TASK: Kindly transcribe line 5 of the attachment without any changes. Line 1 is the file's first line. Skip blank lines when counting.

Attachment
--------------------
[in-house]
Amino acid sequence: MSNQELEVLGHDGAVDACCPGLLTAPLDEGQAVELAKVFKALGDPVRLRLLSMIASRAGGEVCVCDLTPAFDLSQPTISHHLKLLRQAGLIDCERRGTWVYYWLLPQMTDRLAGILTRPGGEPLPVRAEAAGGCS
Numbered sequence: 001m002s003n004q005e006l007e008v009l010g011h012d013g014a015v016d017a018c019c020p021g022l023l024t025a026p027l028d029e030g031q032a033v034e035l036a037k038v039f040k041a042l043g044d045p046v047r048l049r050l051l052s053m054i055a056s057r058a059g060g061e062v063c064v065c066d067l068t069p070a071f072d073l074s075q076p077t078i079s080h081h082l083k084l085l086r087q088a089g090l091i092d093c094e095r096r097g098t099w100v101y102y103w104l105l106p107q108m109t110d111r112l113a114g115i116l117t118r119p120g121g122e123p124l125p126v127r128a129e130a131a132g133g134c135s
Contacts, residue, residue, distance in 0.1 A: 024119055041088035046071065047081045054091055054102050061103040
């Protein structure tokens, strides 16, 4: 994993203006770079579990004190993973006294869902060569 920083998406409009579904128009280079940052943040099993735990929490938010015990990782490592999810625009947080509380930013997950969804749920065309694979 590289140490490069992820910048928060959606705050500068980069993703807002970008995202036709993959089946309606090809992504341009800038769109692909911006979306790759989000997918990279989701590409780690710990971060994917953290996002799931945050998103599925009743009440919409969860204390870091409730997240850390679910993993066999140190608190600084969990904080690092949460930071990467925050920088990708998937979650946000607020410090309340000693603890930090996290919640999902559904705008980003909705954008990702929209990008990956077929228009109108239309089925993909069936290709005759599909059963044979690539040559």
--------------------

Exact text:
């Protein structure tokens, strides 16, 4: 994993203006770079579990004190993973006294869902060569 920083998406409009579904128009280079940052943040099993735990929490938010015990990782490592999810625009947080509380930013997950969804749920065309694979 590289140490490069992820910048928060959606705050500068980069993703807002970008995202036709993959089946309606090809992504341009800038769109692909911006979306790759989000997918990279989701590409780690710990971060994917953290996002799931945050998103599925009743009440919409969860204390870091409730997240850390679910993993066999140190608190600084969990904080690092949460930071990467925050920088990708998937979650946000607020410090309340000693603890930090996290919640999902559904705008980003909705954008990702929209990008990956077929228009109108239309089925993909069936290709005759599909059963044979690539040559």